A total of 5 participants switched from the mepolizumab arm to the benralizumab arm. No participants switched from benralizumab to mepolizumab. One of these patients lacked a post-therapy eosinophil count after beginning benralizumab therapy and was therefore excluded from the benralizumab arm. The reason for these participants switching was not based on rising eosinophil counts but due to inadequate control of asthma or intolerance to the therapy. A comparison of the patients on mepolizumab who switched to benralizumab versus patients on mepolizumab who did not switch therapies revealed no significant differences (Additional file 1: Table S1). Therefore, those patients who switched were included in the final mepolizumab group. However, compared to patients on benralizumab who did not change therapies, patients on benralizumab who switched from mepolizumab had significantly lower pre-eosinophil counts (Additional file 2: Table S2). These patients were included in the final benralizumab group as the analysis without these patients yielded similar results (Additional file 3: Table S3) as those in the final analysis.

For patients in the mepolizumab arm who switched to benralizumab, the pre-therapy eosinophil count was collected as described above. The post-therapy eosinophil count was the highest detectable counts prior to start of benralizumab.

For patients in the benralizumab arm who switched from mepolizumab, the pre-therapy eosinophil value was the last detectable eosinophil count prior to start of benralizumab. The post-therapy eosinophil value was the highest eosinophil count recorded after therapy start date during data collection as all available values were reviewed.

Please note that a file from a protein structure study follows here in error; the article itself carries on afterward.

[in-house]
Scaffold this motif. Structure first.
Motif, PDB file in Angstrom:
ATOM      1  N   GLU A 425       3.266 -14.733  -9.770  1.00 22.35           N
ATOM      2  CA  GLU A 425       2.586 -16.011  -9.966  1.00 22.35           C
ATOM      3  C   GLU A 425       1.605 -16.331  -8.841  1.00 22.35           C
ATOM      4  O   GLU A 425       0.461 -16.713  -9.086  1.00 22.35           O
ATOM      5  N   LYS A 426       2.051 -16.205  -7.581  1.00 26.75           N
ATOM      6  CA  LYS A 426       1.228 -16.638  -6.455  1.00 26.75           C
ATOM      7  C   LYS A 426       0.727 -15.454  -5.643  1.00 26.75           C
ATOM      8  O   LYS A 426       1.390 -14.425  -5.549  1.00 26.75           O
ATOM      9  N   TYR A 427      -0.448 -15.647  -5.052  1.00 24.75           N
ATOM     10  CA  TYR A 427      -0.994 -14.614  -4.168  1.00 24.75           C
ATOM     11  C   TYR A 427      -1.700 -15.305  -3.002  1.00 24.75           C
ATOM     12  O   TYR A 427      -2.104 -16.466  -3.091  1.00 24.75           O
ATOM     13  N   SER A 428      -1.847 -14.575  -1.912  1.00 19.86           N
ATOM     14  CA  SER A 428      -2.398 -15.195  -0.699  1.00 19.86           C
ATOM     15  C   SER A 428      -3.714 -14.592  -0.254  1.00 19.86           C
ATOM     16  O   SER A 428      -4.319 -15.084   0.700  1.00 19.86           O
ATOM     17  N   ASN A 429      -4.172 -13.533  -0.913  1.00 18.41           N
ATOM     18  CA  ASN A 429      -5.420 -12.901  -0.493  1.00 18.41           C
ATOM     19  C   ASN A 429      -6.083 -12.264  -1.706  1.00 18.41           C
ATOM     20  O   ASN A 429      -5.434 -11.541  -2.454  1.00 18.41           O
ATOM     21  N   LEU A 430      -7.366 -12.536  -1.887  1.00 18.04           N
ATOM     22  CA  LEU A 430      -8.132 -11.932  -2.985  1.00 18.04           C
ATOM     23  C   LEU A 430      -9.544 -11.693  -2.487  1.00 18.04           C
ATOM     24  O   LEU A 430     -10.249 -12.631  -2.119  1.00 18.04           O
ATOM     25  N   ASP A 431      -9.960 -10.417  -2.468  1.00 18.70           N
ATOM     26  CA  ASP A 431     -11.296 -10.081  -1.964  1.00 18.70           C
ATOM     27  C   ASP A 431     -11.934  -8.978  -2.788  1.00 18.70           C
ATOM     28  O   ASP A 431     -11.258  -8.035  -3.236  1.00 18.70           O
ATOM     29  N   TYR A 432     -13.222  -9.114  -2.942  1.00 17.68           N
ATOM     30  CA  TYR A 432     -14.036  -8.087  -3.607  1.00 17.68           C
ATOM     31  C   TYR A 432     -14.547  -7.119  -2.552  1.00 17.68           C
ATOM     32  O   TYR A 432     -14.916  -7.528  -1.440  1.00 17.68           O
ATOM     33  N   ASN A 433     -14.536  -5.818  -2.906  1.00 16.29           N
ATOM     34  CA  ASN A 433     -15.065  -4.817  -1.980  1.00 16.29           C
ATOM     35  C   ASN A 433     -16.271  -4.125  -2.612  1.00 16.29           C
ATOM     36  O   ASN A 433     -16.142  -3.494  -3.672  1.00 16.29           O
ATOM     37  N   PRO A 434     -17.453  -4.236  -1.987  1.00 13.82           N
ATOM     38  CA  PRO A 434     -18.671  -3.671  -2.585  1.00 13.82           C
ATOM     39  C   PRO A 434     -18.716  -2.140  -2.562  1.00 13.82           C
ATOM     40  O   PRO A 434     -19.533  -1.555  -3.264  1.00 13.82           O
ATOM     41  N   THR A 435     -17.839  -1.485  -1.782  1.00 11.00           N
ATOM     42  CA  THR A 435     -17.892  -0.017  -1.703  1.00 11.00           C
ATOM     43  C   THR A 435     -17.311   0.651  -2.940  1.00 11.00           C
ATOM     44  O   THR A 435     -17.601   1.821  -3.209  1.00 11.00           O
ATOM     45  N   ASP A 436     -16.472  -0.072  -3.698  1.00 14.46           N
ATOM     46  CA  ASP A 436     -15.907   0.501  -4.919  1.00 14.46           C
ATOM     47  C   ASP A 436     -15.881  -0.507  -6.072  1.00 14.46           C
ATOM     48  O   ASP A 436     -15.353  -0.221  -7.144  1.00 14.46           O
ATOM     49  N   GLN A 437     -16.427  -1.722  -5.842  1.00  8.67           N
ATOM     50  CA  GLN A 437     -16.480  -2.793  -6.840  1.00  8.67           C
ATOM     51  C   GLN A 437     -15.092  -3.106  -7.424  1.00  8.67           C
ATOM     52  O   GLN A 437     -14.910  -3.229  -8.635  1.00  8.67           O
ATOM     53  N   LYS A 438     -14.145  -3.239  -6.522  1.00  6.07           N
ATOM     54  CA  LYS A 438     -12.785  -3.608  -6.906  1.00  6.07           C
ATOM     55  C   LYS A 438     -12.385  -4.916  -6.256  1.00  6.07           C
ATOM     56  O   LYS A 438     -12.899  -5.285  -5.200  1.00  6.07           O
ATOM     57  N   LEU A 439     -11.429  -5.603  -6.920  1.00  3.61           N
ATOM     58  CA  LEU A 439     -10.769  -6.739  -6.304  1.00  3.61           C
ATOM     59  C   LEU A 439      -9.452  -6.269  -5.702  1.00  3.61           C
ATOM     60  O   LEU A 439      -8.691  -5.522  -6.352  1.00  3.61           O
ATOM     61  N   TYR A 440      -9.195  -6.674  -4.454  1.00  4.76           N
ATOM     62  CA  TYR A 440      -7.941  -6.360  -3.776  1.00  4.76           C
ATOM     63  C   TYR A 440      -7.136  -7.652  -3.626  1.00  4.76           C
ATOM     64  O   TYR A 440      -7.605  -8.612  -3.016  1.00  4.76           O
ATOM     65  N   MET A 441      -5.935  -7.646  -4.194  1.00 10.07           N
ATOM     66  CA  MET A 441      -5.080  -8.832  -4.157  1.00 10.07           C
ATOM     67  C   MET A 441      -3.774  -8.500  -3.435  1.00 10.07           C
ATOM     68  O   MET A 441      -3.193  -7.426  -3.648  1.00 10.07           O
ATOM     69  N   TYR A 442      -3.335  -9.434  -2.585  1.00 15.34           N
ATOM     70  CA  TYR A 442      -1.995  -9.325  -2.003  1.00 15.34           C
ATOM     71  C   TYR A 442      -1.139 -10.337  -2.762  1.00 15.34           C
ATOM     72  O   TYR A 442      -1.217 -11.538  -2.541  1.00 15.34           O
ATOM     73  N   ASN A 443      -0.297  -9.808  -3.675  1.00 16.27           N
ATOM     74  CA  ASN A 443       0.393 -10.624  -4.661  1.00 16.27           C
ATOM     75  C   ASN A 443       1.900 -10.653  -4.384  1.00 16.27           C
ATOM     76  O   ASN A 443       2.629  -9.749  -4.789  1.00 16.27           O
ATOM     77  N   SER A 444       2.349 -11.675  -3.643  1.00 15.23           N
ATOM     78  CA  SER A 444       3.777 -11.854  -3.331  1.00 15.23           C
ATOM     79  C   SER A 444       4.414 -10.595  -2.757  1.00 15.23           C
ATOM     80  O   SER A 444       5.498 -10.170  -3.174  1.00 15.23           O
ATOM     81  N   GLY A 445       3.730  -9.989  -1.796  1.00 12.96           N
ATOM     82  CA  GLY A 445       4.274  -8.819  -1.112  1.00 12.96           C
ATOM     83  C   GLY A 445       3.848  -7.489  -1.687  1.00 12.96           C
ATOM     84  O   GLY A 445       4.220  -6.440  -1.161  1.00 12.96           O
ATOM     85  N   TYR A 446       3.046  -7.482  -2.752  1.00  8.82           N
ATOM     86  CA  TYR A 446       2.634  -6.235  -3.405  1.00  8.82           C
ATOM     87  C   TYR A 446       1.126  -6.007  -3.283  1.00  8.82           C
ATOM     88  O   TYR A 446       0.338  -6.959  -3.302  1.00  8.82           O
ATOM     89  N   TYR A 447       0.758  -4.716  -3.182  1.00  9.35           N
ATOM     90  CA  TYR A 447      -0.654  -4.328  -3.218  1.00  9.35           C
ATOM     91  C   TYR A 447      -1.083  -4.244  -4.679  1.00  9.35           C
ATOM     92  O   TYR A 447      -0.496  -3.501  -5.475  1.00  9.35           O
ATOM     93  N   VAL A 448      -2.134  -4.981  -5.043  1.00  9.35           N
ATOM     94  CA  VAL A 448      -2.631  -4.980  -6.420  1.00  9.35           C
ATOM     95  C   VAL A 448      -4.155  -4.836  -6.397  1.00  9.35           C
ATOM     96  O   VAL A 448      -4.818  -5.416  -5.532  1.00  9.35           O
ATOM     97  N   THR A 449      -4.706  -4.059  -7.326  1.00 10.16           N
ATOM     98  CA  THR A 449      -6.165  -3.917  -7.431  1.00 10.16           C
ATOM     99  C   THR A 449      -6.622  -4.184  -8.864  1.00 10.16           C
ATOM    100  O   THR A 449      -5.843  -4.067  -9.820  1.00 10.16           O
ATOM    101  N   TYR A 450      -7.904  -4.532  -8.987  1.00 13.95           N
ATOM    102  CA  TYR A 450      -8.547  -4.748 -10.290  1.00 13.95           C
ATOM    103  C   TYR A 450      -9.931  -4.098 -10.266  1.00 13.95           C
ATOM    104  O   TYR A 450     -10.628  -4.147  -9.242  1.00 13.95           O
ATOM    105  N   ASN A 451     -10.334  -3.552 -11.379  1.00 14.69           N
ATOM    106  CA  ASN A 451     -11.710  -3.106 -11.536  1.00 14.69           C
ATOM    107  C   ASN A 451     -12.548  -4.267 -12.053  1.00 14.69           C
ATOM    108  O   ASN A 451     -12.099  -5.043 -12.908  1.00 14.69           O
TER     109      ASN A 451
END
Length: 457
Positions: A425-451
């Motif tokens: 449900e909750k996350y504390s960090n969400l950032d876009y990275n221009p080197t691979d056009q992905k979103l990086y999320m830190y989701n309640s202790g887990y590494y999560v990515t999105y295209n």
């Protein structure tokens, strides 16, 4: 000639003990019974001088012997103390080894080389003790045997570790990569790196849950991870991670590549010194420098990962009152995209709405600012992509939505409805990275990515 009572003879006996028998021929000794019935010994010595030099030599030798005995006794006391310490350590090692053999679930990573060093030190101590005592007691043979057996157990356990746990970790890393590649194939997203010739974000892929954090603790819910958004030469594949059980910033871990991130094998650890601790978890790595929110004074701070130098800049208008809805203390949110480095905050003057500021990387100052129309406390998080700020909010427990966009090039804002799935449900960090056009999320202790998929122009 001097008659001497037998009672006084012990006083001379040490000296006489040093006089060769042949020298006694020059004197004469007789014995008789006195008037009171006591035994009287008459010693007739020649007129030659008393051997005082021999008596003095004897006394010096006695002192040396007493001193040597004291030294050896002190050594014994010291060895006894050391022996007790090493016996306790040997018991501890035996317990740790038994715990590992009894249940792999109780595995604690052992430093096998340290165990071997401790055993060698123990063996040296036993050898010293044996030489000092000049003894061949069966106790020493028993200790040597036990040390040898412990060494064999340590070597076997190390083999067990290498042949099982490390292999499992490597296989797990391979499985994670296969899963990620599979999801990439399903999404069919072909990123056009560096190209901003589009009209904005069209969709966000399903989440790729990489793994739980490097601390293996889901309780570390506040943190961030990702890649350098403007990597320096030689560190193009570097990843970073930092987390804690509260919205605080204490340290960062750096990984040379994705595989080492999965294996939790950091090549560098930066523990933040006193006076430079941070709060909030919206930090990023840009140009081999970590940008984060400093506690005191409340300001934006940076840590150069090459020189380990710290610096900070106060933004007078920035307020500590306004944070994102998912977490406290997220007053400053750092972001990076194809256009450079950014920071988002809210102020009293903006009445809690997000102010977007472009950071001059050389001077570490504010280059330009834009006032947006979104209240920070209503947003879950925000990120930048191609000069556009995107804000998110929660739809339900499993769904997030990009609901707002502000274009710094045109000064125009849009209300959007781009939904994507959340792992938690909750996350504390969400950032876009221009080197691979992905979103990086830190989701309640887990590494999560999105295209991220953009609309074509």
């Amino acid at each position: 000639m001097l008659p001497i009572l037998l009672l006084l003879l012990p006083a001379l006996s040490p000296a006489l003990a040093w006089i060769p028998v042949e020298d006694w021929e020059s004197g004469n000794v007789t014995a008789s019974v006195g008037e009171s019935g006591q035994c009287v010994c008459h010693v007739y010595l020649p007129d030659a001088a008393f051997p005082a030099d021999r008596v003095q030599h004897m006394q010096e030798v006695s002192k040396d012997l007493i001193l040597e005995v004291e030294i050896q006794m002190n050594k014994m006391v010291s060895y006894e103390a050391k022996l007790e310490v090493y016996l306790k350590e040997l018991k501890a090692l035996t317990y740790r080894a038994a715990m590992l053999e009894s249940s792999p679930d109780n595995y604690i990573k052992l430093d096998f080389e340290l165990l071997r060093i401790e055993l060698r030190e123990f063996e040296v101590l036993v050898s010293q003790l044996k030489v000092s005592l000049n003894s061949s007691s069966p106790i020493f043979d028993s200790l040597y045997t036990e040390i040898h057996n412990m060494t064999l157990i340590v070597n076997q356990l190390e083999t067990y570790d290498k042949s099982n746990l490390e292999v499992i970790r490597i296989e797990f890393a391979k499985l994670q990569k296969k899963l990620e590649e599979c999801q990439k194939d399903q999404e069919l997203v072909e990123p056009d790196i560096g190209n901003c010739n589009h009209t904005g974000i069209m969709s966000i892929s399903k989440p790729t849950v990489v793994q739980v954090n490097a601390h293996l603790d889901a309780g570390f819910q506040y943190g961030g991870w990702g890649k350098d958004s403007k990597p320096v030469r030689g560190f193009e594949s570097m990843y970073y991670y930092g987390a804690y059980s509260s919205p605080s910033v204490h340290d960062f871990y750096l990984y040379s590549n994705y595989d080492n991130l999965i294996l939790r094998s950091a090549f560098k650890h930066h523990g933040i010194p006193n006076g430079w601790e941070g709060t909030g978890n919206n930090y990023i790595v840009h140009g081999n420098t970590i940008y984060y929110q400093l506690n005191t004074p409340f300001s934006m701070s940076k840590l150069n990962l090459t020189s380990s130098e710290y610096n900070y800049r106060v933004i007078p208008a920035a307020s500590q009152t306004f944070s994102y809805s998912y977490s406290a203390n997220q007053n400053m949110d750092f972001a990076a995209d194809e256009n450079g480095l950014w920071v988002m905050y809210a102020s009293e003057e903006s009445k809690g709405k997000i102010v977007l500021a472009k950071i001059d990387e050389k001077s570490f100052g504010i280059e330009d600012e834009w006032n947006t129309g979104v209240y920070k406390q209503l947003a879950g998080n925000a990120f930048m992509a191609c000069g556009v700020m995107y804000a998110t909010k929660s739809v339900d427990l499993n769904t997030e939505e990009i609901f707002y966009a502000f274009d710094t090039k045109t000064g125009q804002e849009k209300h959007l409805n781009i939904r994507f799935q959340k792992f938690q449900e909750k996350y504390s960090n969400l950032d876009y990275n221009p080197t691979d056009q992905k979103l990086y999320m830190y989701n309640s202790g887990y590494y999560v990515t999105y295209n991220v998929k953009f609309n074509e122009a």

This study protocol was approved by the Hamilton Integrated Research Ethics Board --5437-C.

Data analysis

A Student t-test or Mann–Whitney test, where appropriate based on normality, was used to compare the baseline characteristic means of patients on mepolizumab and benralizumab. Wilcoxon signed ranked test was used to compared pre- and post-therapy eosinophil counts for patients treated with mepolizumab and benralizumab. Chi-Square Test for Independence or Fisher’s Exact Test for Independence, where appropriate, was used to analyze the association between categorical variables. The Kaplan–Meier method was utilized to assess the percentage of patients with eosinophil counts greater than zero over time between mepolizumab and benralizumab (event defined as an eosinophil count of zero). p values < 0.05 were considered statistically significant.

Results